Yesterday (September 29th) was an excellent literary day for me.
First thing in the morning I registered for workshops led by fine authors Brenda Miller and Kathleen Flenniken. Proceeds from the workshops will benefit the Sue C. Boynton Poetry Contest.
Brenda Miller is co-author (with Holly Hughes and Norman Fischer) of The Pen and the Bell: Mindful Writing in a Busy World (2012). See it on the Village Books website here. Miller’s latest collection of essays is titled Listening Against the Stone (2011). See it here. Her essays are superb; “Blessing of the Animals” (in an earlier essay collection) is wonderful and profound.
Kathleen Flenniken is the new Washington State Poet Laureate (2012-2014) and author of Plume: Poems (2012). See it here. Plume is a poetic meditation on the Hanford Nuclear Reservation here in Washington. Her poems in Plume are brilliant. I particularly admire the different forms she uses throughout her collection.
I’m looking forward to attending their workshops!
At work–still early in the day–I met poet and educator Mary Cornish, author of the exquisite poetry collection Red Studio (2007). It won the FIELD Poetry Prize (2006). See it on the Village Books website here.
I told her I was honored to meet her finally, and described Red Studio as a wonderful collection. I added that I especially admired her use of art-related vocabulary throughout her poems. She was astonished that I was familiar with her collection and grateful for my comments.
Mary is a very generous and lovely person: she immediately wanted to know where she could read my poems!
When I returned home I checked my mailbox in the clubhouse and found my contributor’s copy of American Society: What Poets See, an anthology edited by David Chorlton and Robert S. King (2012). It’s beautiful. Read about it here.
[I can’t figure out how to add an image of the cover here. Hopefully soon!]
I am so grateful to have my long poem “I am no different” published in American Society: What Poets See. My poem is also online, on the FutureCycle Press website–in its archives. Read my poem here.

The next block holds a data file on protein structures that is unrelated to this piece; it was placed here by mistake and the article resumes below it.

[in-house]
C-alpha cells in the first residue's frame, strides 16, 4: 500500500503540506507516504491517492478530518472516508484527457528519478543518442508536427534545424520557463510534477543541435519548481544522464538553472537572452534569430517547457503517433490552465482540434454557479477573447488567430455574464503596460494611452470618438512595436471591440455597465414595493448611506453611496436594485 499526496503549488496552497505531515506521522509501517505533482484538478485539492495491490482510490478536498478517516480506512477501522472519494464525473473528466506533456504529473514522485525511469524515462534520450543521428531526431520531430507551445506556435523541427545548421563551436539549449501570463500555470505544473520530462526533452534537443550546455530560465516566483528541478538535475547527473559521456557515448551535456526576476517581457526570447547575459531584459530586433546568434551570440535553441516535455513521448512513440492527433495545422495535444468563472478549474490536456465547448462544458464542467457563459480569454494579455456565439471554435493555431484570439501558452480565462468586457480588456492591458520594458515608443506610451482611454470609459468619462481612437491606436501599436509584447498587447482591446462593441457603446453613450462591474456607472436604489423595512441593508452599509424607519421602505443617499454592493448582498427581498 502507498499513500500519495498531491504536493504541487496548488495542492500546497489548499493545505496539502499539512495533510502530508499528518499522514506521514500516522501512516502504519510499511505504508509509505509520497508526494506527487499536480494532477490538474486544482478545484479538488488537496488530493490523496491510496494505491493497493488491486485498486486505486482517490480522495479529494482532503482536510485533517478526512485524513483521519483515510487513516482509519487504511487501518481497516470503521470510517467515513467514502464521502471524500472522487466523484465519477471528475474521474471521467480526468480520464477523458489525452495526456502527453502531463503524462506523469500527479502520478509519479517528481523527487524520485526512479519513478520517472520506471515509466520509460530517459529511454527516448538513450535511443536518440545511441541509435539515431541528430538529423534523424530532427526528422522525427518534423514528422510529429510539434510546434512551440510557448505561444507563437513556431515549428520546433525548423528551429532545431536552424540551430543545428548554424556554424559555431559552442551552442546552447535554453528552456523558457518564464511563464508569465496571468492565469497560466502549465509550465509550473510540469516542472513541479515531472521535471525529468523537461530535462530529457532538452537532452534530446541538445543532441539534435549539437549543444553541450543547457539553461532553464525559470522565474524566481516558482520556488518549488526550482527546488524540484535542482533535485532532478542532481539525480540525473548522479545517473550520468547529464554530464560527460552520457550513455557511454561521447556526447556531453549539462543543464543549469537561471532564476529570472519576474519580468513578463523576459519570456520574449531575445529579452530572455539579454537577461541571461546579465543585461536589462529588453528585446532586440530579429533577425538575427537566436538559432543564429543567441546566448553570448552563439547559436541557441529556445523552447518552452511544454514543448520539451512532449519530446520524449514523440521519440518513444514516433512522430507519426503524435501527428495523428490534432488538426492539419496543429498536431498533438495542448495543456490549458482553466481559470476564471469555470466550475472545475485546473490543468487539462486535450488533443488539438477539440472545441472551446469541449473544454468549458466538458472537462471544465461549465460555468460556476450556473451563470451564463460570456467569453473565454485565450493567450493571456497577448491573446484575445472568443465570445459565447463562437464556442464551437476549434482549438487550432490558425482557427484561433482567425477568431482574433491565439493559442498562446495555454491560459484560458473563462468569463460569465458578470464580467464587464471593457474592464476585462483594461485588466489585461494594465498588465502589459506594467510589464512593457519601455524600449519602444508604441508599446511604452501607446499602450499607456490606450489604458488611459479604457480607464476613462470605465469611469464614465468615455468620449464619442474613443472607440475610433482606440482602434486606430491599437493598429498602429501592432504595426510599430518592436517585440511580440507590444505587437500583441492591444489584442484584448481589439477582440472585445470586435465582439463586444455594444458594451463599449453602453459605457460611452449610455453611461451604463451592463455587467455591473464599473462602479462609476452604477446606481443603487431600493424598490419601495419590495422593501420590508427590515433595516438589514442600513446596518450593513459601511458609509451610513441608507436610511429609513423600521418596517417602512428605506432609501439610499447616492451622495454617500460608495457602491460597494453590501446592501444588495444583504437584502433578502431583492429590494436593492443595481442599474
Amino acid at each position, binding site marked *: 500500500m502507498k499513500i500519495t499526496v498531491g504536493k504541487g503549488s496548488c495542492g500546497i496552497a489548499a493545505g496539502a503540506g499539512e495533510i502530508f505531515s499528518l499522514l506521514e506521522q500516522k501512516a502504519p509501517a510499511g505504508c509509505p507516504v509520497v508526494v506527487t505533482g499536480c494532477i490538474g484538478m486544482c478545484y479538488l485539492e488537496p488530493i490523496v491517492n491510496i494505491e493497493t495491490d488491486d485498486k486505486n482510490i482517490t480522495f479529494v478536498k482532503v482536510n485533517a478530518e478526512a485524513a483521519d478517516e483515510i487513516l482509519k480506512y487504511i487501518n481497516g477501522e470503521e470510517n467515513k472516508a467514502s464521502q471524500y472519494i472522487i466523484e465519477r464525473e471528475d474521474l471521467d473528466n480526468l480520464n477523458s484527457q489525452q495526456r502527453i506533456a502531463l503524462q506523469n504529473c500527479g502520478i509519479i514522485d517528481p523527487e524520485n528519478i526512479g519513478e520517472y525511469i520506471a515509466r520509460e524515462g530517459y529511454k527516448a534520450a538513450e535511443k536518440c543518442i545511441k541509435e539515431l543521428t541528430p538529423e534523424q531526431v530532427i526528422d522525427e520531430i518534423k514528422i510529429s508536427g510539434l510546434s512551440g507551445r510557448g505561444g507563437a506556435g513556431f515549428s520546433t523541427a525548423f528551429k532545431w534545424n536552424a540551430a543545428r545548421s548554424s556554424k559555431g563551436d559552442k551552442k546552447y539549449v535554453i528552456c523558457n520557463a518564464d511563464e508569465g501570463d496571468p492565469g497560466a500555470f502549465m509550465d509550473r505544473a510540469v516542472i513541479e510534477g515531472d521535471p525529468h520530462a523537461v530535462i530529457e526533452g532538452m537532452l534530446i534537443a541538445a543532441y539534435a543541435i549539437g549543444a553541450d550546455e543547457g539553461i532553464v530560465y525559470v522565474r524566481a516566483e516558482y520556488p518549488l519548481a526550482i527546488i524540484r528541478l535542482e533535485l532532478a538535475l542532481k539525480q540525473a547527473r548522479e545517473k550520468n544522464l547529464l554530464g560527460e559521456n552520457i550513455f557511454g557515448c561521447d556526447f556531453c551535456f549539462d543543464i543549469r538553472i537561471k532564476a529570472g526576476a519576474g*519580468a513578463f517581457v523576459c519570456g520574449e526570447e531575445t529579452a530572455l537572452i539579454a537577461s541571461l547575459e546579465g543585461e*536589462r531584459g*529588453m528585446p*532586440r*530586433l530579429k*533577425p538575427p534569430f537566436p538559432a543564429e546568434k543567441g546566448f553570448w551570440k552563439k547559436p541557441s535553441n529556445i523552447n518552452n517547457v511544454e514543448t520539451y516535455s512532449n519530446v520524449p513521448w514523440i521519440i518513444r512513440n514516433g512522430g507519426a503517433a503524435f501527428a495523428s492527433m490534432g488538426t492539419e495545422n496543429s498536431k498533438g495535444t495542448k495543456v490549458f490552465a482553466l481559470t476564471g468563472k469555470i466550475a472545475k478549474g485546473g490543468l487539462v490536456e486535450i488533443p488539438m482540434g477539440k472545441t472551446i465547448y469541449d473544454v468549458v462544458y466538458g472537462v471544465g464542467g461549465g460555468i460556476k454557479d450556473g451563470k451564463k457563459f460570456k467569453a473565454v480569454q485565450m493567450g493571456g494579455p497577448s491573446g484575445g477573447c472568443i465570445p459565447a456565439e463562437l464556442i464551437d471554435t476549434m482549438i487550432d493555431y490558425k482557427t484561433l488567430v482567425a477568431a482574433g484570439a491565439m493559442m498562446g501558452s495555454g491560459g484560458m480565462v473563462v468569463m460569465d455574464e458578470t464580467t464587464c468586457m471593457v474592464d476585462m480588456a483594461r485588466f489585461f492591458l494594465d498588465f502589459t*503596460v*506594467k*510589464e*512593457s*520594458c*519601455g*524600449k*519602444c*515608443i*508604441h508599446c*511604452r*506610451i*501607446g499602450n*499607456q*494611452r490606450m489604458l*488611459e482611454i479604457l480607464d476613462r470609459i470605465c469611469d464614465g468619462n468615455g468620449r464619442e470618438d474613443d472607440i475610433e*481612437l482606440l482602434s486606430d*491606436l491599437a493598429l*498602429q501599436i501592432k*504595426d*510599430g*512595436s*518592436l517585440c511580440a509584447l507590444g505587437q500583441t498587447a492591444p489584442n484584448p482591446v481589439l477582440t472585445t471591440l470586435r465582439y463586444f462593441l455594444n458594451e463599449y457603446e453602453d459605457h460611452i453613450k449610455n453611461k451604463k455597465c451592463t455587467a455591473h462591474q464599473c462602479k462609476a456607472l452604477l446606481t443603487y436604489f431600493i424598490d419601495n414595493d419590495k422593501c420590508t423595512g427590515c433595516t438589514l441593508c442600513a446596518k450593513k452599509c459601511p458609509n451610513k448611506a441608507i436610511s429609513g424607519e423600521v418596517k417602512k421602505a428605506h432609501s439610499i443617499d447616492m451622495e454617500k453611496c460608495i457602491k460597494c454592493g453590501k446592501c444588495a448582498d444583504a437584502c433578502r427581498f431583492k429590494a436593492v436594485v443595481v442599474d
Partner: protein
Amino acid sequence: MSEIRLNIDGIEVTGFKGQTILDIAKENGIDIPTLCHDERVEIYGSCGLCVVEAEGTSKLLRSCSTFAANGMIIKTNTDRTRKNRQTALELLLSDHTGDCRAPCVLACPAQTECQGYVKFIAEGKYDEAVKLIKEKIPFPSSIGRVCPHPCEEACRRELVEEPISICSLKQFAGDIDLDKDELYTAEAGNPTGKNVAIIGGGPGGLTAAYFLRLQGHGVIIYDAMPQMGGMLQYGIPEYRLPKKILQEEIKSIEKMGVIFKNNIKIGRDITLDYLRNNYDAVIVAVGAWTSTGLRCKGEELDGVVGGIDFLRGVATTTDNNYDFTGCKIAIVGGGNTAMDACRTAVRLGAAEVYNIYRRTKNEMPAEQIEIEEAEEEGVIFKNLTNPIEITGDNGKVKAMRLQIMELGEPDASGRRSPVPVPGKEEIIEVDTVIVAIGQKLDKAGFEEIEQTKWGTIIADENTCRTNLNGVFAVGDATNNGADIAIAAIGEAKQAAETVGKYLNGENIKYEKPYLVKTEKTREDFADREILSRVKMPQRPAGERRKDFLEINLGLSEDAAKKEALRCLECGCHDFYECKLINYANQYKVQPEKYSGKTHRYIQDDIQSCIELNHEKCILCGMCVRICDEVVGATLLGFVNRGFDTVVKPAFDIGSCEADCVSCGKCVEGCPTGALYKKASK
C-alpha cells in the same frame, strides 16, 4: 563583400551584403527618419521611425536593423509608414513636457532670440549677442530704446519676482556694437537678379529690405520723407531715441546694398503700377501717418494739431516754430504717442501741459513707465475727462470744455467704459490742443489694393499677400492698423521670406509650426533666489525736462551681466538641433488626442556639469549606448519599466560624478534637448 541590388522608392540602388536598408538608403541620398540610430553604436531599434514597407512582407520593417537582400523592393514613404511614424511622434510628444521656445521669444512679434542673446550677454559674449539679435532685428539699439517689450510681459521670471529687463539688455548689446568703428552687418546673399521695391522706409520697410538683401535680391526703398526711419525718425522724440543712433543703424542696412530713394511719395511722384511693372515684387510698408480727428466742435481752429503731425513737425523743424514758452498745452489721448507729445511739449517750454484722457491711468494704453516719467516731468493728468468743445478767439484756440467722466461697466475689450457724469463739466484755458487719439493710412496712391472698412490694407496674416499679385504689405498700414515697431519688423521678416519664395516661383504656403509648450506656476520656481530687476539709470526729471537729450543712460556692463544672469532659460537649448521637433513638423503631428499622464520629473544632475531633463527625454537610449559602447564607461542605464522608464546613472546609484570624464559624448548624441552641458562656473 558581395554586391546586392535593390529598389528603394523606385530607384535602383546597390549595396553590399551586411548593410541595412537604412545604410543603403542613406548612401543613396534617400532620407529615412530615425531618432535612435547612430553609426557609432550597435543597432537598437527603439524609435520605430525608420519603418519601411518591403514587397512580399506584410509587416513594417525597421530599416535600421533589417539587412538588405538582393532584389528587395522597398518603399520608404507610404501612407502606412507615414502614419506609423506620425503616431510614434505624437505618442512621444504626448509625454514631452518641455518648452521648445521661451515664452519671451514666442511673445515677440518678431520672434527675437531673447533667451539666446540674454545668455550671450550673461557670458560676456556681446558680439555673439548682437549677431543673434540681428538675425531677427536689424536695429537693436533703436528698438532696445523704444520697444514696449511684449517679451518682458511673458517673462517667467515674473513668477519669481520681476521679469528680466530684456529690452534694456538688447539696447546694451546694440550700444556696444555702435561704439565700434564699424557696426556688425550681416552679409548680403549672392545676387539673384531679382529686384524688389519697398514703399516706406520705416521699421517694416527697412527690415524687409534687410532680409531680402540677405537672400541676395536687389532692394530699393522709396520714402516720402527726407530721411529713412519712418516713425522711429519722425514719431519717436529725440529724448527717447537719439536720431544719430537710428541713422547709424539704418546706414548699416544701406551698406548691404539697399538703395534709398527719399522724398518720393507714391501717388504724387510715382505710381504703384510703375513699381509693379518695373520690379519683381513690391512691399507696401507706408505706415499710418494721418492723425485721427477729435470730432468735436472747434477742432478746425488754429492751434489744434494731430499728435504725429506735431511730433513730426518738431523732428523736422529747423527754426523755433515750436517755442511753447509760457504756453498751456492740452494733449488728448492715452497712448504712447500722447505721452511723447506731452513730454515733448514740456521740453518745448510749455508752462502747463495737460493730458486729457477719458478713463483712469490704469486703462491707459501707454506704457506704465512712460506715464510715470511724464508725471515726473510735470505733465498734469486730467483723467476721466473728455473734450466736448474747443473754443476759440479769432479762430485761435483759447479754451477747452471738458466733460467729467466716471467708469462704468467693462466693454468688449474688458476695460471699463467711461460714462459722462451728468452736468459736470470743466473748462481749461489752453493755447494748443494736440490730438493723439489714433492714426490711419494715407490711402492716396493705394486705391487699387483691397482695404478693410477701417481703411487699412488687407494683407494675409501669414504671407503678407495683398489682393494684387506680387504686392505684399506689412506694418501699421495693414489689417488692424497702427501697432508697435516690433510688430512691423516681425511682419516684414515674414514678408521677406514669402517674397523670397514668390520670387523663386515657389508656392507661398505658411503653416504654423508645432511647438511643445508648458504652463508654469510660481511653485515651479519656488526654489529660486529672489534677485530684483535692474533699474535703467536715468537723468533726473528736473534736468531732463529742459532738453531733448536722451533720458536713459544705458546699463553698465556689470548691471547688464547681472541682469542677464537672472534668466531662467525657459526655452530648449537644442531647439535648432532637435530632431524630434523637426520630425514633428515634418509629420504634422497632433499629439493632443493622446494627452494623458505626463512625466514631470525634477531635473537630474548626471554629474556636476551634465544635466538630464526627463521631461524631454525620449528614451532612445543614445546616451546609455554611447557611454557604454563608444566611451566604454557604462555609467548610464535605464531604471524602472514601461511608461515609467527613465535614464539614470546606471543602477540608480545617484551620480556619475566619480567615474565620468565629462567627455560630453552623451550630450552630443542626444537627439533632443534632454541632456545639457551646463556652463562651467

I’m so pleased to have a copy of the anthology. Many of the poems are difficult and challenging due to the subject matter; this makes them that much more powerful and important.
Finally, I tweaked and sent poems in to one of my favorite literary journals, Clover, A Literary Rag, edited by Mary Gillilan and Norman L. Green. I submitted “Terminal Ward with Asides to Dad,” “Diorama with Water Feature, Mom’s Ashes, and Robins,” and “Thirteen Ways of Looking at a Great Blue Heron.”
It’s such an honor to have my pieces considered for Clover.
Finally, I read emails from writerly friends and wrote emails to writerly friends.
What elements comprise an excellent literary day? Writing, committing to improvement of writing and craft, engaging with other writers and poets, reading other writers’ work, and sending in our pieces.
I think I’ll deepen my commitment to doing these things, every day.
Thank you for reading. If you are a writer, press on with YOUR writing!
Sincerely, and best wishes, Andy
P.S. You may be wondering why the bulk of the links above are to listings on the Village Books’ website. Village Books is a fine independent bookstore! Support independent bookstores.
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What a marvelous day that sounds like. Here’s to many more like it!
Thank you Jennifer, and I hope so!
Great to read that you had an encouraging day in writing. And congratulations on the FIELD award!
Oh, no! Mary Cornish won the FIELD award.
hahaha oops. Hey, I am tired. But wow. Okay, I see how I missed that now. Yikes. Still, “I Am No Different.” Reading that woke me up. You got me. Well done.
Oh, and I just read “I Am No Different.” It’s wonderful. Just wow. I needed that.
Wow, thank you.
Deep bow to you.